A VPN primer
A virtual private network (VPN) uses a public or shared network (such as
the Internet or a campus intranet) to create a secure, private network connection
between a client and a server. The VPN client cloaks each packet in a wrapper
that allows it to sneak (or tunnel) unnoticed through the shared network.
When the packet gets to its destination, the VPN server removes the wrapper,
deciphers the packet inside and processes the data.
There are two varieties of VPNs, and they differ primarily in their approach
to protecting your data: PPTP and L2TP. The oldest and simplest type of
VPN uses the point-to-point tunneling protocol (PPTP).
PPTP's data encryption algorithm — MPPE, or Microsoft point-to-point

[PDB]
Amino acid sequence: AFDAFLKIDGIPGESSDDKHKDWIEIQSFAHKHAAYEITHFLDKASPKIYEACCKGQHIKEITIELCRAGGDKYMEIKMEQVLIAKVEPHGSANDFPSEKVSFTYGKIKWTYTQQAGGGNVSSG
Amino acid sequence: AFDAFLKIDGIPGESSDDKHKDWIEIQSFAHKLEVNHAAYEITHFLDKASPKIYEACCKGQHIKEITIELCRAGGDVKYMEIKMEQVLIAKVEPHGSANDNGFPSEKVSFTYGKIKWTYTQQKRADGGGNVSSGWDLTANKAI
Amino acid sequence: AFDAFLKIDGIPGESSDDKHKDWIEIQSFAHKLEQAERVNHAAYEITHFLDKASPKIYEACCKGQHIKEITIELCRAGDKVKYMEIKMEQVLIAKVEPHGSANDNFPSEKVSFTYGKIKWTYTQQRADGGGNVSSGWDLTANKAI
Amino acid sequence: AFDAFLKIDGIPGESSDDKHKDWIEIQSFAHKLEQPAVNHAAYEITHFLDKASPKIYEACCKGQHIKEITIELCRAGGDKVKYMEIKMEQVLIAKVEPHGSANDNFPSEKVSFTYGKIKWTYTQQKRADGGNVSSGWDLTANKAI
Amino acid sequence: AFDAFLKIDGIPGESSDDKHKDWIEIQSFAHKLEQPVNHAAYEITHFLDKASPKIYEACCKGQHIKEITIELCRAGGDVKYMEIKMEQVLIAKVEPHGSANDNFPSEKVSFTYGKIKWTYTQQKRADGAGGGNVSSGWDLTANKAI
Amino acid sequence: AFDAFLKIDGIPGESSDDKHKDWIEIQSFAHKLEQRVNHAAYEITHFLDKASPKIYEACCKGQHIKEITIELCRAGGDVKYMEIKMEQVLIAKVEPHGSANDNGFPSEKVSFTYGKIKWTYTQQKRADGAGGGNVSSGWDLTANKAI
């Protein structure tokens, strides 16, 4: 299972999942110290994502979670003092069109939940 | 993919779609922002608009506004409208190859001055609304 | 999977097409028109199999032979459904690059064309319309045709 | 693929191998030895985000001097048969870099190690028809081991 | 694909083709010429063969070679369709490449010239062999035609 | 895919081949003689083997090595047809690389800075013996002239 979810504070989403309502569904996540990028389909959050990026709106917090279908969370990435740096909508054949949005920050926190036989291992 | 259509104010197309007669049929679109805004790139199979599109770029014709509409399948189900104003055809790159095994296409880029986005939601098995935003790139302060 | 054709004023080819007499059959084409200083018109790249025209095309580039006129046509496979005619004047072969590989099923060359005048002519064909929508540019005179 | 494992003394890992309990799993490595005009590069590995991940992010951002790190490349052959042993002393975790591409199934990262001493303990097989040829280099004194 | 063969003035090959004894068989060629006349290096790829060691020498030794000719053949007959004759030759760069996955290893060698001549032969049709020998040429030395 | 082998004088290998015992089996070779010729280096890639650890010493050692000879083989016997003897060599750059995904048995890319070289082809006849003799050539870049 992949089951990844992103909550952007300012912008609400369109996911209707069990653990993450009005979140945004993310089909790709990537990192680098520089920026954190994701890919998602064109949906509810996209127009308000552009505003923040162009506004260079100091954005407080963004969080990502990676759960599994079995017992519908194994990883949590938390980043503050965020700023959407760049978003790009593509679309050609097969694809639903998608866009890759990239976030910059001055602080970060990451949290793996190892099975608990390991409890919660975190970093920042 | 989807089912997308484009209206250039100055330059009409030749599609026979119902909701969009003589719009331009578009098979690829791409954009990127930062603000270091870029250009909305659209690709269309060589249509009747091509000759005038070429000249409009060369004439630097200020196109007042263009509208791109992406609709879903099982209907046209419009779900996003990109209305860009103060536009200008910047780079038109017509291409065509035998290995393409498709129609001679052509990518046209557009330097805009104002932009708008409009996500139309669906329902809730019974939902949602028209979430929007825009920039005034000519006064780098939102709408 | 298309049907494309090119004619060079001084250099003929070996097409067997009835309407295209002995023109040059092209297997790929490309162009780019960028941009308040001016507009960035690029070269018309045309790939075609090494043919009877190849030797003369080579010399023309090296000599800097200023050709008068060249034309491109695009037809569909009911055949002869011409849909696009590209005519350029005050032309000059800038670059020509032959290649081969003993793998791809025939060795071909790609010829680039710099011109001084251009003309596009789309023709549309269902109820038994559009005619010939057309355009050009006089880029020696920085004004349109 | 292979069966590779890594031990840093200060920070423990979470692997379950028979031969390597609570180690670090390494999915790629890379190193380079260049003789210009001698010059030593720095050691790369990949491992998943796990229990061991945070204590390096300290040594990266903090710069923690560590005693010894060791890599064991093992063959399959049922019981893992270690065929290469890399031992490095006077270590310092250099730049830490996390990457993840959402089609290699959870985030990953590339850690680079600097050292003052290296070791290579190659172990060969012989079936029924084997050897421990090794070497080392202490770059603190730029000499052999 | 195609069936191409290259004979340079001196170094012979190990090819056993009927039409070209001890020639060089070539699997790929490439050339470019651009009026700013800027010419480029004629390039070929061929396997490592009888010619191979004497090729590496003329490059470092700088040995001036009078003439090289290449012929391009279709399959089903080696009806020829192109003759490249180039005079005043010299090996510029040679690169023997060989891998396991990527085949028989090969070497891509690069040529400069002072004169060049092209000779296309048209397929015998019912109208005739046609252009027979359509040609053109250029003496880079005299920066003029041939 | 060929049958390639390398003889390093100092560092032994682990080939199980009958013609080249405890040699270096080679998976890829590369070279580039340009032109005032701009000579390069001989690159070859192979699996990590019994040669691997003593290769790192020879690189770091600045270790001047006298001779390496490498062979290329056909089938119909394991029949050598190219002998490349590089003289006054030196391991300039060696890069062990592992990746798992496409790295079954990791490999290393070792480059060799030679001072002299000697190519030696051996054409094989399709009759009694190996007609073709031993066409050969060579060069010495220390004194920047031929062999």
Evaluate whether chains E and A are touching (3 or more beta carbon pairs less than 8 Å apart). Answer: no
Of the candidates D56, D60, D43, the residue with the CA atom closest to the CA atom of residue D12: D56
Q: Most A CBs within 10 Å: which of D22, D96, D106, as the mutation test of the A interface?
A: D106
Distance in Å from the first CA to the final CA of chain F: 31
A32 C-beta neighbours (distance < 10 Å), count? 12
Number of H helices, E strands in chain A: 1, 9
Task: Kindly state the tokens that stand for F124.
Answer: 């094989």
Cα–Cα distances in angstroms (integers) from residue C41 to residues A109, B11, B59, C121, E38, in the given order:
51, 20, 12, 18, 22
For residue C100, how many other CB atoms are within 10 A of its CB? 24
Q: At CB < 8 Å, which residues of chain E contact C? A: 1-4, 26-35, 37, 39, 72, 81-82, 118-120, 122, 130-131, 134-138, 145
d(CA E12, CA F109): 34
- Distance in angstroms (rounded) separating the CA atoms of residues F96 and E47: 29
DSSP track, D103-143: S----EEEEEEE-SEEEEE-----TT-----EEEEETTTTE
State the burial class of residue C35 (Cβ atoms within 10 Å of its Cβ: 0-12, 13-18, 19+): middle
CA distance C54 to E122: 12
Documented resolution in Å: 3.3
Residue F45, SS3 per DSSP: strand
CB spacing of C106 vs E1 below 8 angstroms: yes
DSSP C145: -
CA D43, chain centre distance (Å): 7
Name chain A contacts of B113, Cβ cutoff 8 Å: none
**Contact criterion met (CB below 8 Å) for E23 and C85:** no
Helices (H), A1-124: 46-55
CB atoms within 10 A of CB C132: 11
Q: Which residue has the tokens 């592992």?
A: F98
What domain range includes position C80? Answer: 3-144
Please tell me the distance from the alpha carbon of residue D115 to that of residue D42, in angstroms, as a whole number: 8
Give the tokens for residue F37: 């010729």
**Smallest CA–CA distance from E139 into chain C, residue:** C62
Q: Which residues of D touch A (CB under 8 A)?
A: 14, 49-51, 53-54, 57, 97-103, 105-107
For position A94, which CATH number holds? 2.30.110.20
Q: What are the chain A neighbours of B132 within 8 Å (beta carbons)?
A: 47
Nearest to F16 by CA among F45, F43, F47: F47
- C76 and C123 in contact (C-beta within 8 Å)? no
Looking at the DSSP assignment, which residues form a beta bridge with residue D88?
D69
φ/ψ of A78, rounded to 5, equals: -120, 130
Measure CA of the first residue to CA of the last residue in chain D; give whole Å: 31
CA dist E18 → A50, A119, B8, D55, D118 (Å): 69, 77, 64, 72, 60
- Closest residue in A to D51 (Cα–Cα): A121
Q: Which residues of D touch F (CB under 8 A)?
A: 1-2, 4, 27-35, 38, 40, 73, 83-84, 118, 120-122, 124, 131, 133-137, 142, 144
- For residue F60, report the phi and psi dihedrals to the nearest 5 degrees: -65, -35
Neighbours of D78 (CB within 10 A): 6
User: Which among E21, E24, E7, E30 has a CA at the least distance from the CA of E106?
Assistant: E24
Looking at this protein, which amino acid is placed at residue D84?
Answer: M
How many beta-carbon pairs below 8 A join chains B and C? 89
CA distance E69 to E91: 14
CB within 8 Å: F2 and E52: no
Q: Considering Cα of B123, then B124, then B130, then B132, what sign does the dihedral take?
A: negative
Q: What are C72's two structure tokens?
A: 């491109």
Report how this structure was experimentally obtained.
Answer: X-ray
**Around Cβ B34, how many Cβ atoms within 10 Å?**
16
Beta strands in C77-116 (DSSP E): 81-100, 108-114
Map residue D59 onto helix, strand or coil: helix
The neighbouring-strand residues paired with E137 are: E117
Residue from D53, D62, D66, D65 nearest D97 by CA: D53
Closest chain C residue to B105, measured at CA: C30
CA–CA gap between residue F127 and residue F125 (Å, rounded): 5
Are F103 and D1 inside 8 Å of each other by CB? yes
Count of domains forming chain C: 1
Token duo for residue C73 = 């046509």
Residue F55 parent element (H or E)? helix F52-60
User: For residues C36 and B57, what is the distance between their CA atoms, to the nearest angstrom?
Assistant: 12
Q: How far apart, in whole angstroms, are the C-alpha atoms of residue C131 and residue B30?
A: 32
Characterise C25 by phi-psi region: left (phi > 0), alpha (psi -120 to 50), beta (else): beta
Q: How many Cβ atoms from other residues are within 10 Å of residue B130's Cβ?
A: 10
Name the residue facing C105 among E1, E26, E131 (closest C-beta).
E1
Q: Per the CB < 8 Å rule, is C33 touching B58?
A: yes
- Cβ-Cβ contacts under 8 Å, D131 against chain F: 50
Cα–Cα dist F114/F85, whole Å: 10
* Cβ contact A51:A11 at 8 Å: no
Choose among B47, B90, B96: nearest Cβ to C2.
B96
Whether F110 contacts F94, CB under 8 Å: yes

encryption — uses the client's log-in password to generate the encryption
key. This is controversial because hackers are always finding ways to acquire
passwords. What's more, early versions of Microsoft PPTP had flaws that
could expose tunneled data to inspection by hackers. Microsoft has since
patched PPTP for all versions of Windows, but skeptics remain wary of it.
The more secure alternative to PPTP is L2TP (Layer 2 Tunneling Protocol).
L2TP is another Microsoft development merging elements of PPTP with Layer
2 Forwarding, a Cisco Systems Inc. packet encapsulation scheme. L2TP alone
is not secure, so it is almost invariably paired with a fast-growing encryption
standard called IPSec (Internet Protocol security).
Implemented properly, IPSec is virtually impenetrable. Ideally, IPSec
encryption employs triple Data Encryption Standard (3DES) based on ANSI
X.509 security certificates. Electronic certificates, issued internally
or by a public authority such as Verisign Inc., irrefutably identify the
client and server. 3DES encryption (ANSI X9.52) stiffens standard 56-bit
encryption keys — which can be broken only with considerable effort — by
applying the encryption algorithm three times.